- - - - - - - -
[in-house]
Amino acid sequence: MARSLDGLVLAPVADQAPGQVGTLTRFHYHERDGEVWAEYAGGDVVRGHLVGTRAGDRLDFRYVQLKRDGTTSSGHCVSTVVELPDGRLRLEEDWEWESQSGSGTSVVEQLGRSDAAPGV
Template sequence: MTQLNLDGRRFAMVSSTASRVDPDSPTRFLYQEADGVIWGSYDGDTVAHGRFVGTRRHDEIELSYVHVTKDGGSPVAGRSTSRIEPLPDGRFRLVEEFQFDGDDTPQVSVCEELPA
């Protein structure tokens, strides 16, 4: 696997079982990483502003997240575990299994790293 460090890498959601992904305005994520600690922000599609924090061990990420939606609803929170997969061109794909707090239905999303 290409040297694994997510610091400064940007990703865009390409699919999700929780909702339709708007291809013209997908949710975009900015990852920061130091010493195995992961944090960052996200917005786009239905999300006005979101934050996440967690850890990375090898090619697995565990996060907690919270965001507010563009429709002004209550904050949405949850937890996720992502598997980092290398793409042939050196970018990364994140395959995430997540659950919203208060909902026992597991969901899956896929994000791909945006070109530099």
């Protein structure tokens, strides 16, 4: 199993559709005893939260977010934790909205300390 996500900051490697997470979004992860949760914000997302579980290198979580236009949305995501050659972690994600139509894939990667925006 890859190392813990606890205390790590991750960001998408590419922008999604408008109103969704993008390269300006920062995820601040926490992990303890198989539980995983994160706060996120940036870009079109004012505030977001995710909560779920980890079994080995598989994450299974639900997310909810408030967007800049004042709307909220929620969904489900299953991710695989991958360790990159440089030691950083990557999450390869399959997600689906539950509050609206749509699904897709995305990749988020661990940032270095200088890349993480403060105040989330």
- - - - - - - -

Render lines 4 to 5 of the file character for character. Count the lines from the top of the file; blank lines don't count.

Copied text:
């Protein structure tokens, strides 16, 4: 696997079982990483502003997240575990299994790293 460090890498959601992904305005994520600690922000599609924090061990990420939606609803929170997969061109794909707090239905999303 290409040297694994997510610091400064940007990703865009390409699919999700929780909702339709708007291809013209997908949710975009900015990852920061130091010493195995992961944090960052996200917005786009239905999300006005979101934050996440967690850890990375090898090619697995565990996060907690919270965001507010563009429709002004209550904050949405949850937890996720992502598997980092290398793409042939050196970018990364994140395959995430997540659950919203208060909902026992597991969901899956896929994000791909945006070109530099």
């Protein structure tokens, strides 16, 4: 199993559709005893939260977010934790909205300390 996500900051490697997470979004992860949760914000997302579980290198979580236009949305995501050659972690994600139509894939990667925006 890859190392813990606890205390790590991750960001998408590419922008999604408008109103969704993008390269300006920062995820601040926490992990303890198989539980995983994160706060996120940036870009079109004012505030977001995710909560779920980890079994080995598989994450299974639900997310909810408030967007800049004042709307909220929620969904489900299953991710695989991958360790990159440089030691950083990557999450390869399959997600689906539950509050609206749509699904897709995305990749988020661990940032270095200088890349993480403060105040989330």